One of the best things to do in Iceland’s largest city is just wander. There are joys to be found at every turn. Traverse Laugavegur and Skolavordustigur streets and pop into shops and restaurants. And don’t forget to look for murals – both on the ground and on the sides of buildings.
Skolavordustigur climbs diagonally (from Laugavegur) up to the Hallgrimskirkja Church. The tallest structure in Reykjavik, the Church is a meeting place for locals and tourists alike.
VISIT: Hallgrimskirkja Church
The tallest church in Iceland, Hallgrimskirkja took 40 years to complete. Construction began in 1945, and didn’t end until 1986. It’s worth it to go inside – you might be privy to a soul-stirring organ concert.
For a small fee, you can also take an elevator up to the Church Tower for a bird’s eye view of Reykjavik.
Although they run a shortened free city walking tour, CityWalk also runs a 2.5 hour small group or private tour ($40 pp).
Gain access to closed buildings, cut through cool backyards, and find tucked away neighborhoods.
We were able to get to the top floor of the brilliantly designed Reykjavik Opera House, and learned about Iceland culture and government, and were introduced to the oldest homes in the city.
Thoughtful guides are well versed in Icelandic history, so if you’re in the mood for a good overview you’ll be pleased.
VISIT: Icelandic Phallological Museum – aka Penis Museum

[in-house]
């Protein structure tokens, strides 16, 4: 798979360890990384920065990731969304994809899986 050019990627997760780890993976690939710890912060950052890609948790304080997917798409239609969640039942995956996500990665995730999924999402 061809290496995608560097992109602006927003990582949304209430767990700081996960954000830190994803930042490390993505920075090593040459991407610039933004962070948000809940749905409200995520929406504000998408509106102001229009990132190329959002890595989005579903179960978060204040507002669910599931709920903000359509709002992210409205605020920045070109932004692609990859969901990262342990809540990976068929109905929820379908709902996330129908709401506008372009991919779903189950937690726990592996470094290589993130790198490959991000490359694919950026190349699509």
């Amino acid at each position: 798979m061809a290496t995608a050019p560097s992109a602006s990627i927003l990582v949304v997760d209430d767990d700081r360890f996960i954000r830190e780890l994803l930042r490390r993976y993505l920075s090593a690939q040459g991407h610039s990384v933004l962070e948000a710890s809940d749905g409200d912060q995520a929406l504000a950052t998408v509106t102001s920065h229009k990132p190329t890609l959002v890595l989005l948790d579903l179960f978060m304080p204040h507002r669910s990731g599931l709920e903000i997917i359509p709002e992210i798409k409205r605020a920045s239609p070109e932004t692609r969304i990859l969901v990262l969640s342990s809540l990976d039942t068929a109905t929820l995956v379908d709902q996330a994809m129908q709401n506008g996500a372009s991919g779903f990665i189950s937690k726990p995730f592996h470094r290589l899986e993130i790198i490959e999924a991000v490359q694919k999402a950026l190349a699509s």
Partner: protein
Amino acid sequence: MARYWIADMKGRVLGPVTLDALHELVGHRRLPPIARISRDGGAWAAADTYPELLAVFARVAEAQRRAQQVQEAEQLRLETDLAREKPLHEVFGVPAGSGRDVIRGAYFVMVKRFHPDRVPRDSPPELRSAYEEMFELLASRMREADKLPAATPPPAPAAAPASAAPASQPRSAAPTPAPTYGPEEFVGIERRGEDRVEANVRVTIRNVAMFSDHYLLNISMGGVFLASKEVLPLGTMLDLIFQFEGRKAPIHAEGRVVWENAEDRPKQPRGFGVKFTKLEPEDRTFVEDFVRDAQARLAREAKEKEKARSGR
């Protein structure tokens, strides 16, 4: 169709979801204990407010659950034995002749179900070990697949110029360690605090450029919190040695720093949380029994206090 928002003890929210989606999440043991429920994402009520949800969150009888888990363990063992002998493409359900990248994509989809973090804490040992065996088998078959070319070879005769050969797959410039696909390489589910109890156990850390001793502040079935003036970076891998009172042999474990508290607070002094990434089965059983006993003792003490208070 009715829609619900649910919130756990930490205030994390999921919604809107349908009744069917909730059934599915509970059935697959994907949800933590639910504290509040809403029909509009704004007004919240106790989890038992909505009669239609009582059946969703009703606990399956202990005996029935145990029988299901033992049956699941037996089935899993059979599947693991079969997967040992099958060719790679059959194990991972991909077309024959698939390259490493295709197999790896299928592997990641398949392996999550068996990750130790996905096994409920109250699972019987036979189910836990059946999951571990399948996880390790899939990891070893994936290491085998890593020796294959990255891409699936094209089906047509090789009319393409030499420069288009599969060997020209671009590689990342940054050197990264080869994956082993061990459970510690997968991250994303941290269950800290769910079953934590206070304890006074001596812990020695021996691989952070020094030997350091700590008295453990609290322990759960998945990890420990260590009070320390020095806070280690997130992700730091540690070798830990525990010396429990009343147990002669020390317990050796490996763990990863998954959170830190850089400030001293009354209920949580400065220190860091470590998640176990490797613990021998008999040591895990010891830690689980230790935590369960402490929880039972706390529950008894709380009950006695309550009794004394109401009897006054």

Yes, I “went there.” And you know you want to. Here’s your chance to visit the only museum in the world devoted to the male sex organ. You can peer at all manner of male genitalia, from birds to mammals (including the largest from the Blue Whale), penis-shaped crafts, and even those proudly donated to this museum (don’t ask).
Interactive and engaging, this contemporary art museum near the harbor is perfect for a rainy, nasty day.
VISIT: National Museum of Iceland
Another rainy-day option – the National Museum covers Iceland’s history: Vikings to Today.
Bundle up and plan to get to the docks before 9am. Even if you don’t encounter whales, at this hour in clear weather, you are at least guaranteed to see a glorious sunrise over the waterfront, mountains, and sea.
If your flight back home is in late afternoon or evening, this tour makes for a perfect last taste of Iceland. (About $90 pp).
DO: Sky Lagoon, Reykjavik
Though smaller, the Sky Lagoon is a bit more elaborate and upscale than the Blue Lagoon. Its infinity pool-like view of the Harbor, and a “7-Step Ritual” that includes dunking in freezing water, a hot sauna, salt scrub, and misty steam bath, makes it a good alternative to the Whale Watching trip on your last morning in Iceland. (About $75 for Pure Ritual Pass).